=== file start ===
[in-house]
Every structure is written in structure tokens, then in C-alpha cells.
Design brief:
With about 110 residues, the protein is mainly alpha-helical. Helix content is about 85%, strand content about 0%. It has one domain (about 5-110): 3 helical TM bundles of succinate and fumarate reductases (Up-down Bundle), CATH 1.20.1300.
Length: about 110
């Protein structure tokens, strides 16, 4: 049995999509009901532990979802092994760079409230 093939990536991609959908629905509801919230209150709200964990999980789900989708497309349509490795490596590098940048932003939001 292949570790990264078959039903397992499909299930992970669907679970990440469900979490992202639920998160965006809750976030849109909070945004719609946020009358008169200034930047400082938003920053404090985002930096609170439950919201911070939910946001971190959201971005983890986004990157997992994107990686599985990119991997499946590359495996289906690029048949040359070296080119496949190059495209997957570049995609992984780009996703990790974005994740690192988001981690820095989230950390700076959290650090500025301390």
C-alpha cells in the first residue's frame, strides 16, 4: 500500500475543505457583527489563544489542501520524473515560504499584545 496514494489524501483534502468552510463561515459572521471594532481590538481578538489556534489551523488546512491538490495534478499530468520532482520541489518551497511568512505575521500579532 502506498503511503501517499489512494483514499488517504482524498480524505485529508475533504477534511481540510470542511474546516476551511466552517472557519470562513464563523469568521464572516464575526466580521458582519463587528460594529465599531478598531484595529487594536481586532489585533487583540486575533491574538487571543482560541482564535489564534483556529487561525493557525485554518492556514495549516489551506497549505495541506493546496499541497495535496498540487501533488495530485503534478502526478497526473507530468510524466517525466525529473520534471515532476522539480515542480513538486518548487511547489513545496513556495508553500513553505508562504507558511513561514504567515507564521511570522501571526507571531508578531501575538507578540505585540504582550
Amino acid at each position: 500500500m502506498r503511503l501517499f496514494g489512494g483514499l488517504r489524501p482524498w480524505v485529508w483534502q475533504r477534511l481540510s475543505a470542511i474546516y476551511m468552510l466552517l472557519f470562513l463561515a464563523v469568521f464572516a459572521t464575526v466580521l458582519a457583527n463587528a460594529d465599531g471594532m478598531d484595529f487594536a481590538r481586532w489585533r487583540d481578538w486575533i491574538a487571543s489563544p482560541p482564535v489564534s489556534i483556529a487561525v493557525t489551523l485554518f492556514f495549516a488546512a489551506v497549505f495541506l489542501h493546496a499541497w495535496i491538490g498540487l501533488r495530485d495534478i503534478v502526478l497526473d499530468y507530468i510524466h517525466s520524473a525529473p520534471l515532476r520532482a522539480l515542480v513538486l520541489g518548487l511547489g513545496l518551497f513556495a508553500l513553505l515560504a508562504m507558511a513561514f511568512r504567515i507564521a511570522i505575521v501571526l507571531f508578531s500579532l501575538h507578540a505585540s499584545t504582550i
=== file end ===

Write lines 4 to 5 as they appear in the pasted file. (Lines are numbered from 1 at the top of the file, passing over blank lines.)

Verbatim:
With about 110 residues, the protein is mainly alpha-helical. Helix content is about 85%, strand content about 0%. It has one domain (about 5-110): 3 helical TM bundles of succinate and fumarate reductases (Up-down Bundle), CATH 1.20.1300.
Length: about 110